22. Place the vegetable and stock combination in a blender and blend in batches until smooth and lump-free. Transfer the stock mixture into an appropriately sized stock pot. In some cases (depending on the roasting time of your particular turkey) the apples, vegetables and aromatics will provide enough thickening to your gravy that additional thickening may not be necessary. If you prefer a thicker gravy, use an appropriate amount of butter and flour to form a roux and thicken as desired. Bring the gravy to a simmer before slowly stirring in the roux.
  23. Finish the gravy with K-5 sauce. I find that 1-2 tablespoons (again depending on how much gravy you are making) adds a terrific hint of smokiness and layers of flavors to the gravy. Adjust seasoning with salt and pepper. Serve hot and enjoy!
Please note that the cooking times will vary depending on the size of the turkey and your individual oven. Learn to depend on your thermometer. The best set up is to have a remote digital thermometer so that you can keep your eye on it while the turkey is still in the oven. I really like the Polder remote digital thermometer, as it has a time and temperature alarm and you don't have to open the oven to check the temperature. Ideally, you would have two of these thermometers, with one probe in the deepest part of the breast and the other in the deepest part of the thigh. If you don't have the Polder, you can certainly use an instant read type and check the breast and thigh in succession.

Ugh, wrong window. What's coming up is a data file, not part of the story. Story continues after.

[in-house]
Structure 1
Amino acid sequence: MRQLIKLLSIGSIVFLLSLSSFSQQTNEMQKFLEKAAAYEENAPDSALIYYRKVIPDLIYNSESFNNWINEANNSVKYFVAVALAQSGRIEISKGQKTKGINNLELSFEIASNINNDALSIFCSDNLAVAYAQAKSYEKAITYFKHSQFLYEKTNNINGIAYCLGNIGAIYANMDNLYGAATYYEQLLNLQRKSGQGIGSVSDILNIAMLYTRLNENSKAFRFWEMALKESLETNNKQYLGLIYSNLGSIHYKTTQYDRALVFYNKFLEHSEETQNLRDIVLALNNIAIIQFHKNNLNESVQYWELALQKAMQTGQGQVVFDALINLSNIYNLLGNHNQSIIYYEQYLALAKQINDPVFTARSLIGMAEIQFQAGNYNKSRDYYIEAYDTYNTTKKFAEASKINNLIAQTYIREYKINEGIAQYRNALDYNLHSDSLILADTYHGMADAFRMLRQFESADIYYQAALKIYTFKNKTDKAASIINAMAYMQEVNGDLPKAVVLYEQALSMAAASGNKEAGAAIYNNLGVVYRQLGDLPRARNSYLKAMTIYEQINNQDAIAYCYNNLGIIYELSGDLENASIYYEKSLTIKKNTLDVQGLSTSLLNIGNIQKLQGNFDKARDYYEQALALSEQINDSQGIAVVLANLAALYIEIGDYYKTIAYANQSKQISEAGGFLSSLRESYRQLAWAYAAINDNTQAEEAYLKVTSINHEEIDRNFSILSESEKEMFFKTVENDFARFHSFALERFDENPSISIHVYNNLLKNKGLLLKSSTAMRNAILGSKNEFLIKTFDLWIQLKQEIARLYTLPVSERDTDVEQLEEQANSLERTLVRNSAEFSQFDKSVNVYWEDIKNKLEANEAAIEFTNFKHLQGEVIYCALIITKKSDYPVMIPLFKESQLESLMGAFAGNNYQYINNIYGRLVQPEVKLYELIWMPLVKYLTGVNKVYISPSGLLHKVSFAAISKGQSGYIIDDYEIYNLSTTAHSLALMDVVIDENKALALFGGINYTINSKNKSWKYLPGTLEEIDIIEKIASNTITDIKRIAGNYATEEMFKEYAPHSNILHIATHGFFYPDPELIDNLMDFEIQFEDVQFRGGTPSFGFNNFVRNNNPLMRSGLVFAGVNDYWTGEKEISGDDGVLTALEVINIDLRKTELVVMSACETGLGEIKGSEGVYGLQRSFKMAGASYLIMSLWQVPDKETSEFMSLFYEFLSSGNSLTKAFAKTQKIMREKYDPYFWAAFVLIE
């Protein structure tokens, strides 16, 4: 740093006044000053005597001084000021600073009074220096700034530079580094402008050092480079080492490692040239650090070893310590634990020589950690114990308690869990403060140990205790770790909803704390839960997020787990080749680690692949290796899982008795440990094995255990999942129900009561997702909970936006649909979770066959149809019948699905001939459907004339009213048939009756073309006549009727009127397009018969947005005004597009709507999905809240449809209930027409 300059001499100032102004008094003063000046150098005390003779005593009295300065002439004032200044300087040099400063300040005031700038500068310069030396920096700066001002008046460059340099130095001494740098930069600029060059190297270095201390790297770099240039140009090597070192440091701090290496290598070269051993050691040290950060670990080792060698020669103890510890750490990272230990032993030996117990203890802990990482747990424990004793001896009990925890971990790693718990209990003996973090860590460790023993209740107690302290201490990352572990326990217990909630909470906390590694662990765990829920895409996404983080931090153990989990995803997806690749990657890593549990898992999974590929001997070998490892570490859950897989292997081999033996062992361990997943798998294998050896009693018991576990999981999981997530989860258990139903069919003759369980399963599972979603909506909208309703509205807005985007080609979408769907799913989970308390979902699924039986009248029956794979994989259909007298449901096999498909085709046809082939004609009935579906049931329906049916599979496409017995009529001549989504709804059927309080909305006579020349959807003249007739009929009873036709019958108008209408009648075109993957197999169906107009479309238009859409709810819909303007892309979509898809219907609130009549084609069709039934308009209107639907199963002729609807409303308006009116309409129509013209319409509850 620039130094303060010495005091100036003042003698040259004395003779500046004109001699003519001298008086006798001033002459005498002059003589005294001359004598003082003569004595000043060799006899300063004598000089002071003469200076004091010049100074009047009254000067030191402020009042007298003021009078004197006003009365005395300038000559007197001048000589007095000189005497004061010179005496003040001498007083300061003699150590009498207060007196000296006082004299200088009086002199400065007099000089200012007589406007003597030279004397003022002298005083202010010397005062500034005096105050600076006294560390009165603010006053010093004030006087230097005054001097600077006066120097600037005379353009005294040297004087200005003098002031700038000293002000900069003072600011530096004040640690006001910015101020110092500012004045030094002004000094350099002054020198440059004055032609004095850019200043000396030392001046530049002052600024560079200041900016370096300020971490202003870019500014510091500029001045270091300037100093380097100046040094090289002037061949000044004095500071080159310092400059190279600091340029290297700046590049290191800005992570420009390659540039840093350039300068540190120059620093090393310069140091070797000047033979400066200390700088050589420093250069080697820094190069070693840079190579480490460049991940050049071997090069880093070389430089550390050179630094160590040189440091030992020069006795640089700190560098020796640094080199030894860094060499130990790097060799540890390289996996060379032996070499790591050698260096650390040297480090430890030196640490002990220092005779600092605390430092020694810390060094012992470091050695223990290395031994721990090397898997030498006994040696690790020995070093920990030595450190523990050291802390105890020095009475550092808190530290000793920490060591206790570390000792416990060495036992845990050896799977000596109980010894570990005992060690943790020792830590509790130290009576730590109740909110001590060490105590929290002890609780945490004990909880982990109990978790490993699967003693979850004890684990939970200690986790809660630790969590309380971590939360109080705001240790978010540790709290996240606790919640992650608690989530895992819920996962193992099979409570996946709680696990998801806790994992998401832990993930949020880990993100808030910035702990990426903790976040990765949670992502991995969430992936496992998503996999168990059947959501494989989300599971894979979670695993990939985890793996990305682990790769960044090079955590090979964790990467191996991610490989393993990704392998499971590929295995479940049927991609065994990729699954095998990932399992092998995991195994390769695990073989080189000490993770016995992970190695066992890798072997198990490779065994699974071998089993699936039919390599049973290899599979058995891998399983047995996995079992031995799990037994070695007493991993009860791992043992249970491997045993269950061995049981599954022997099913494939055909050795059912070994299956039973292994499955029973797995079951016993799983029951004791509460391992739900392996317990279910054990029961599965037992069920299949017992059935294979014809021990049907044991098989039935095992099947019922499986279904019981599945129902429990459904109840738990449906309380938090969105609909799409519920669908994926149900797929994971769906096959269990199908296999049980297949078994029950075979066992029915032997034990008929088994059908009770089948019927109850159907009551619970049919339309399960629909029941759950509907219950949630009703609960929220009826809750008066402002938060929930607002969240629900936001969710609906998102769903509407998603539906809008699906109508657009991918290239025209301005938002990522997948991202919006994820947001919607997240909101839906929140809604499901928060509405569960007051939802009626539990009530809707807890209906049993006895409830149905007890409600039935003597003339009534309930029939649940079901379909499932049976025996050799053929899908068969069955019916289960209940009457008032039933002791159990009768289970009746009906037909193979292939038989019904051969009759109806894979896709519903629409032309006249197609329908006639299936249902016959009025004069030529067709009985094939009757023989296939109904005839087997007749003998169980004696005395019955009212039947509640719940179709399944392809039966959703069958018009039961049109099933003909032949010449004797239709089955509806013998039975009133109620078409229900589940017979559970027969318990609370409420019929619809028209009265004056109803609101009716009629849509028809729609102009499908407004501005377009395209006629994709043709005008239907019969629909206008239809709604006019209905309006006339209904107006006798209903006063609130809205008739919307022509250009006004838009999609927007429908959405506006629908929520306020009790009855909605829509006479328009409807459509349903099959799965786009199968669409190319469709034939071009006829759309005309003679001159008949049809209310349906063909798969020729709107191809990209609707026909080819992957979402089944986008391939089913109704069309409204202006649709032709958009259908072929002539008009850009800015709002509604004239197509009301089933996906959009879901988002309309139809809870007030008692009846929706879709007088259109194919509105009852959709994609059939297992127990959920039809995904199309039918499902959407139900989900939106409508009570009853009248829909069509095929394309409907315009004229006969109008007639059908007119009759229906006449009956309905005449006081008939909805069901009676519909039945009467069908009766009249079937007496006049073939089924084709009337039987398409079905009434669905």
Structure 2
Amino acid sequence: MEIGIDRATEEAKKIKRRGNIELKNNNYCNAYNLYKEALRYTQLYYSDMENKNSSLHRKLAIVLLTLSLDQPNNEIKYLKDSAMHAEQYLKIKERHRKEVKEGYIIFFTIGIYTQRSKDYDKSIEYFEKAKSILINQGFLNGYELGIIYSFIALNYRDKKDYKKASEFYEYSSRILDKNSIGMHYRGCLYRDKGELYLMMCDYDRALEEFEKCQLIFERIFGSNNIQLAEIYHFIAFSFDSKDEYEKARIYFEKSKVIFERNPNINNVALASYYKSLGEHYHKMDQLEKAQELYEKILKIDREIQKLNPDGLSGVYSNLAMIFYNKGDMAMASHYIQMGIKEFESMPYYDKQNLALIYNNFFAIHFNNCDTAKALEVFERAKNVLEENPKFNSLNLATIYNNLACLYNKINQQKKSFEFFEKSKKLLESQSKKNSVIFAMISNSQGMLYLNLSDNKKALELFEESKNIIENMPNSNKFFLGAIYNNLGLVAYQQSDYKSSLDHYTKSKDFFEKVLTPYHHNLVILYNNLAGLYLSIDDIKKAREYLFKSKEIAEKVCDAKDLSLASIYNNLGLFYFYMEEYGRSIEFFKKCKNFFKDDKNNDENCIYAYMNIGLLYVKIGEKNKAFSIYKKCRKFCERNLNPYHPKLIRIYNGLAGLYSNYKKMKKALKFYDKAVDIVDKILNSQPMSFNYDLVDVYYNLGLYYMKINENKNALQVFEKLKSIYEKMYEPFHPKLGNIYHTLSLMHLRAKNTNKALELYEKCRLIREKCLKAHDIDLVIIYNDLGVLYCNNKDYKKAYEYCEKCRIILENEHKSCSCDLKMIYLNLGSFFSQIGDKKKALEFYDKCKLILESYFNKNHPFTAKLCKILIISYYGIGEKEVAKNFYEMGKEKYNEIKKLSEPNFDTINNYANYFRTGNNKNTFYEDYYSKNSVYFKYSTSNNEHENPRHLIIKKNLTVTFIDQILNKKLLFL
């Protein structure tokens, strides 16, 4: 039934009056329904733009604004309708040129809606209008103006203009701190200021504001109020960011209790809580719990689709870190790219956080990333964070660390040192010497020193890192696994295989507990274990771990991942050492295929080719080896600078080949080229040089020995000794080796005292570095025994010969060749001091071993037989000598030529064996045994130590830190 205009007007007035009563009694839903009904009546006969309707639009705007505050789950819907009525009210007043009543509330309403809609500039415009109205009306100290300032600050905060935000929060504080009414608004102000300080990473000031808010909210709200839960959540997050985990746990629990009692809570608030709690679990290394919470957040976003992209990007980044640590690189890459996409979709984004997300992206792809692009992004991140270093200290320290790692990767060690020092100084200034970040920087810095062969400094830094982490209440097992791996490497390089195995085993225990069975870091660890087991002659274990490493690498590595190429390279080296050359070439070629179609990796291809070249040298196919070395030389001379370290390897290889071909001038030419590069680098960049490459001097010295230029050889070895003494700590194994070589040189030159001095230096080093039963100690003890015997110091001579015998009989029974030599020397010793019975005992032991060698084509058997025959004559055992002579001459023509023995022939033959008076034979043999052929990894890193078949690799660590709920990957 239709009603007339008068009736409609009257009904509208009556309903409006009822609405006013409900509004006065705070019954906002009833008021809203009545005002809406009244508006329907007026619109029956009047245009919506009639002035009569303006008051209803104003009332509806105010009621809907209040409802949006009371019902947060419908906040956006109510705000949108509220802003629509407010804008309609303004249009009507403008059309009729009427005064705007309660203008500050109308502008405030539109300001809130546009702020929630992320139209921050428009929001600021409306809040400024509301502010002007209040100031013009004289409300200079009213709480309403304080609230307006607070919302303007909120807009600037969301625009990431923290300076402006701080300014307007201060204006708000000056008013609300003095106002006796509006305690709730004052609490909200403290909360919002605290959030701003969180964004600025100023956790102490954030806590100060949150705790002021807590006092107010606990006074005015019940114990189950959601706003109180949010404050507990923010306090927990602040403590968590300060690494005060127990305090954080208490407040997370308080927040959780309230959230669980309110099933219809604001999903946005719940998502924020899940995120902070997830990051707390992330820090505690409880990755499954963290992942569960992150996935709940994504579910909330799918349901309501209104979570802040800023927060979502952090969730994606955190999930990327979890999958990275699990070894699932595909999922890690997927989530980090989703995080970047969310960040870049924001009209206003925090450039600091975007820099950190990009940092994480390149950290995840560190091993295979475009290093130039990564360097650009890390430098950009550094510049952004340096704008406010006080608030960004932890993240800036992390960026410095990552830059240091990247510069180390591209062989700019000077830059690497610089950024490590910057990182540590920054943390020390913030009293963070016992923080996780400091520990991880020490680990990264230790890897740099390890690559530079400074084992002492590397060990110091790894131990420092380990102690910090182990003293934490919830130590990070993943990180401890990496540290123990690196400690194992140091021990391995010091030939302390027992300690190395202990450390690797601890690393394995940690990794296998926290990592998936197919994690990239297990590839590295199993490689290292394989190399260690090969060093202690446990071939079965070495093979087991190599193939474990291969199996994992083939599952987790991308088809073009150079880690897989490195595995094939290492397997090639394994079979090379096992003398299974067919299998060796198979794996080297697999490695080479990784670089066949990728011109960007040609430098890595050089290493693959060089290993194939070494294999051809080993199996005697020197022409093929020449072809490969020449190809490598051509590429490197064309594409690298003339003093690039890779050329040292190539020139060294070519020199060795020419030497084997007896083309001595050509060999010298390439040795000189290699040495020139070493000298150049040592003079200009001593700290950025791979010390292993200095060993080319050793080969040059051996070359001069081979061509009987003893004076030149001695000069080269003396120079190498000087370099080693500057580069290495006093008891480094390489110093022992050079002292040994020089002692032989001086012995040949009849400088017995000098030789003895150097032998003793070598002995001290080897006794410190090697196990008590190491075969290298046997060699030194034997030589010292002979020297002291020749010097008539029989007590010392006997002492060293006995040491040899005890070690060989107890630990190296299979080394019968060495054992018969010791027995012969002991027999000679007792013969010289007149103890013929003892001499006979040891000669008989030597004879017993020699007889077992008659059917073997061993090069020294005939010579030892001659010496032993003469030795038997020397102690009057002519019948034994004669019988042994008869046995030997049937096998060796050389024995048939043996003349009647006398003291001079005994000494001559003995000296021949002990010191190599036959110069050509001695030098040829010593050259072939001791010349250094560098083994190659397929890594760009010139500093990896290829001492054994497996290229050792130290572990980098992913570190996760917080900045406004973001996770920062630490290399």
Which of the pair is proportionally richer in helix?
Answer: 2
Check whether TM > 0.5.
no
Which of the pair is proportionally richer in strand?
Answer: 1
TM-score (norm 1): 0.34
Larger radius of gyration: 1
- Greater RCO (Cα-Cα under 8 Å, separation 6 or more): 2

The trick here is to not over-cook the breast. That is typically the downfall of most roast turkeys. By roasting the bird breast down for a period, you allow the back and thigh to get ahead of the breast in the process, keeping the breast moist and just done, when the thigh is ready.
The USDA recommends that you cook a turkey to a thigh temperature of 180 to 185 degrees. That means the breast temperature would be better than 170 degrees. Don't follow that advice unless you like eating cardboard. The best temperature for the breast is 160 to 165 degrees. The USDA is paranoid about killing bacteria such as salmonella. According to their own standards, salmonella is killed in meat at 160 degrees. They are concerned about getting the internal temperature of the bread stuffing in a stuffed turkey over 160 degrees. The solution is simple. Don't stuff your birds and keep the breast temp to 160-165 degrees and the thigh to 170-175. Enjoy a moist turkey!
Recipe by K-Sauce at